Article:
The colourful parade takes place through the streets of the town over a four-hour period and consists of Miners Pit Union banners being paraded accompanied by a brass or pipe band. They all stop outside the Royal County Hotel in Old Elvet and perform in front of its balcony, which is loaded with dignitaries, before they carry on to the Racecourse to display the banners and listen to the political speeches at what is referred as 'The Big Meeting'.

Various Bands accompany the Banners.

People of all ages take part.
This year was also different because of the precarious state of British politics. The Tories are in the middle of a leadership battle with all the top Brexit people scurrying for cover but not before they have turned a great many people into bigots and racialist by scapegoating immigrants and Muslims. An ideal time you may think for the Labour Party to lead the county out of this dark period of austerity? For the first time for many years Labour has a man capable of leading this charge but because of the Labour Party’s Tony Blair loving right wing has decided to make an attempt to sack their democratically elected leader and throw the party into turmoil just at a time when it’s needed most. Today’s guests were chosen very carefully to reflect the feelings of the people and their families they were attending the event.

A small smple of the banners on the parade. 

Along with one of the Giants of the Labour movement MP Dennis Skinner was Labour Leader Jeremy Corbyn both of who gave rousing speeches that made you wonder why Britain was in such a shite state. Along side these two great men were lined up some of the counties Union leaders including Frances O'Grady General Secretary TUC, Tim Roache General Secretary GMB and Mick Whelan General Secretary ASEF. Also addressing the vast ensemble of people gathered in the field were two of Cuba's Miami Five heroes Rene Gonzalez and Gerardo Hernandez who were only recently granted visas and are about to start a nationwide speaking tour. We were also privileged to hear the National Union of Mine and Metal Workers of the Mexican Republic leader in exile Napoleon Gomez Urrutia speak about importance of the solidarity of the working class no matter what country they were born or worked in.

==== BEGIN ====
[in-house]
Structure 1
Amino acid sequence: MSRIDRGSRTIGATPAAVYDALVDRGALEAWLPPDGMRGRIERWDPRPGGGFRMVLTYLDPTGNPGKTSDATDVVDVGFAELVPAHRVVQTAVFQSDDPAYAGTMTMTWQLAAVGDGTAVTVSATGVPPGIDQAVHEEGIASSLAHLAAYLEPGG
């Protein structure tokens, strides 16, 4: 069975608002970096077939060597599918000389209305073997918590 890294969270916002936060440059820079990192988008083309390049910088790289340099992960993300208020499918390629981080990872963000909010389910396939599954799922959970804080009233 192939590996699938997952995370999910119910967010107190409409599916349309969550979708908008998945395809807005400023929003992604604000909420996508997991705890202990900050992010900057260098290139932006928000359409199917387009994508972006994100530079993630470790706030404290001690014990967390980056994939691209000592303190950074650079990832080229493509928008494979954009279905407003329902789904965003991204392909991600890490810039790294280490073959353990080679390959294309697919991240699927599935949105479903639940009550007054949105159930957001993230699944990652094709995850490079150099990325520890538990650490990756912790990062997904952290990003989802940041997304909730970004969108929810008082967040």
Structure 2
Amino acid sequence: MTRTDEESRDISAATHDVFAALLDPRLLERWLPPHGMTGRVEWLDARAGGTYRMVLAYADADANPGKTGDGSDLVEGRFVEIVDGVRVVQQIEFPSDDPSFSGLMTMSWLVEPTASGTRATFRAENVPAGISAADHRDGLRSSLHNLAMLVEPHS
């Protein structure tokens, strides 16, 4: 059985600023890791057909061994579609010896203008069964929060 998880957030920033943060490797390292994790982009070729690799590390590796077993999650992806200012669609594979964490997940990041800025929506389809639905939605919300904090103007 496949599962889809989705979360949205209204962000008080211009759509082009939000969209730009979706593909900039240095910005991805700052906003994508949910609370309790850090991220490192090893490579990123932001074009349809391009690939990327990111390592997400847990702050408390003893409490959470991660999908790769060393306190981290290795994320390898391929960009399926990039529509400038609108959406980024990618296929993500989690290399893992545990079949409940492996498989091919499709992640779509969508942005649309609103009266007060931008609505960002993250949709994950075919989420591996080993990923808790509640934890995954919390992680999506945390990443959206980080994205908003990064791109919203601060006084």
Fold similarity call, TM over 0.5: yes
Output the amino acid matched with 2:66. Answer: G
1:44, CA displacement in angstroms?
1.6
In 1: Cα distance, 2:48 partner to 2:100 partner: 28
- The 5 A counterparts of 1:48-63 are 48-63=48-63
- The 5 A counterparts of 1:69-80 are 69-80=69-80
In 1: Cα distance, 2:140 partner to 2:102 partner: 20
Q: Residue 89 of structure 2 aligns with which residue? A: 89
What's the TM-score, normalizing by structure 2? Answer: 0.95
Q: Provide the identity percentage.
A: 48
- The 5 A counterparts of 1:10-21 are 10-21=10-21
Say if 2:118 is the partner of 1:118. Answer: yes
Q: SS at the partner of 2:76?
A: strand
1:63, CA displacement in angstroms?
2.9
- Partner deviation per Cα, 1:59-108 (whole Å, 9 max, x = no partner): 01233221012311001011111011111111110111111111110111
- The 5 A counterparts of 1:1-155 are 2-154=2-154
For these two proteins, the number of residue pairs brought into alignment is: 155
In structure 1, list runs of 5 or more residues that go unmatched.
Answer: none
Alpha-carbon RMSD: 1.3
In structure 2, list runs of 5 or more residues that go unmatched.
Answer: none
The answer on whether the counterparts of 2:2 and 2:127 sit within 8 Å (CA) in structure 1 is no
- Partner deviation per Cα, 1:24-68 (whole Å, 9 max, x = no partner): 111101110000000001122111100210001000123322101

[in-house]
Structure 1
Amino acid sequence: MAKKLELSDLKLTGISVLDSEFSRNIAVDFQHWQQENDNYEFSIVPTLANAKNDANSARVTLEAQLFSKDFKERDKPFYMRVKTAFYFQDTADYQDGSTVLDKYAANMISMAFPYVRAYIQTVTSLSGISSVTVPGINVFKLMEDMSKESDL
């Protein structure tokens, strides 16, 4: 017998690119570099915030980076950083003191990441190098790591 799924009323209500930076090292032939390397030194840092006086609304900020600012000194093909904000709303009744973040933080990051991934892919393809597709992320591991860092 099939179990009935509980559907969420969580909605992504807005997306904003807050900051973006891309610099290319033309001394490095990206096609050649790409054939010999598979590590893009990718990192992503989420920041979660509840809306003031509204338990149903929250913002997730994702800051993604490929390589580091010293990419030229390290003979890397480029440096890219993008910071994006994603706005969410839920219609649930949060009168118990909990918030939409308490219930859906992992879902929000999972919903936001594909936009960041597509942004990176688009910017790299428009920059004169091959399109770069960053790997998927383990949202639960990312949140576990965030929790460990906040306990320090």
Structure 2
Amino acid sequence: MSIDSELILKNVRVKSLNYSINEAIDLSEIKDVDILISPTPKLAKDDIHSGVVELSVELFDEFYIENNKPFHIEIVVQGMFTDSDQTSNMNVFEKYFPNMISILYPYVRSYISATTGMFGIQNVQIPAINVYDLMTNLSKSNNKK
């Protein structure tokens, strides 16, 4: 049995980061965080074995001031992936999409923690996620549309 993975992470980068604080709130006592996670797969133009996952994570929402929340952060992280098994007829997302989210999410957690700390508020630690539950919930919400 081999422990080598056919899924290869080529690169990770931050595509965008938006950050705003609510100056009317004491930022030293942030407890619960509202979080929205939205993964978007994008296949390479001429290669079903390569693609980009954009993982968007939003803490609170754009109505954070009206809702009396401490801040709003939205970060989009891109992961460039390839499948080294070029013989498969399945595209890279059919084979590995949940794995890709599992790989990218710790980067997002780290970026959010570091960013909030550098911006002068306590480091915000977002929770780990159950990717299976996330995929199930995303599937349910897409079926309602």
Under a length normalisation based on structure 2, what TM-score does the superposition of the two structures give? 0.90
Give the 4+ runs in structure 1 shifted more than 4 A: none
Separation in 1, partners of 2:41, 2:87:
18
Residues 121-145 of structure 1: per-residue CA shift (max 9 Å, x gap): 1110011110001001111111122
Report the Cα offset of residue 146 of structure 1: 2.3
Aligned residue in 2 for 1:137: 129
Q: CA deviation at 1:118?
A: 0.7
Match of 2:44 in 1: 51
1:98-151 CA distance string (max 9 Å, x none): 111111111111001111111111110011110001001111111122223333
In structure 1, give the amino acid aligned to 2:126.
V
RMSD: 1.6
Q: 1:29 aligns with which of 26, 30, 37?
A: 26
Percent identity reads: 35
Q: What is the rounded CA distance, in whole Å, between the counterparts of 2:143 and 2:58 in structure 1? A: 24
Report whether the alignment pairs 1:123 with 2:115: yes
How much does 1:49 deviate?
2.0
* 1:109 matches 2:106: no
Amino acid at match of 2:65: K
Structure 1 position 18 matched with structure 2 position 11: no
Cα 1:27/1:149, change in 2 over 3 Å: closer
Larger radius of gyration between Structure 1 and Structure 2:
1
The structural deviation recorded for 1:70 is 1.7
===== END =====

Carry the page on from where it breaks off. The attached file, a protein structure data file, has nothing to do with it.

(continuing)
The Labour Leader.

Frances O'Grady. 

Dennis Skinner.
After the politicking newly created banners from Durham's former mining communities are lead by a brass band to Durham Cathedral where the Bishop of Durham in a ceremony that filled the historic building to its capacity blesses them.  As well as Bewicke Main, Haswell and Sherburn Collieries, the Eppleton Colliery banner was paraded in memory of nine workingmen who were tragically killed 65 years ago in an explosion.
The Eppleton Banner. 
The current Cathedral is a wonderful piece of Romanesque style built between 1093 and 1133 and well worth a visit if you’re in Durham for whatever reason. Make your way through the cloisters and ascend down to the shop and restaurant to see the magnificent 300000-piece model of the Cathedral where members of the public add a Lego brick for a pound. This is being promoted to raise money for the on going church renovations.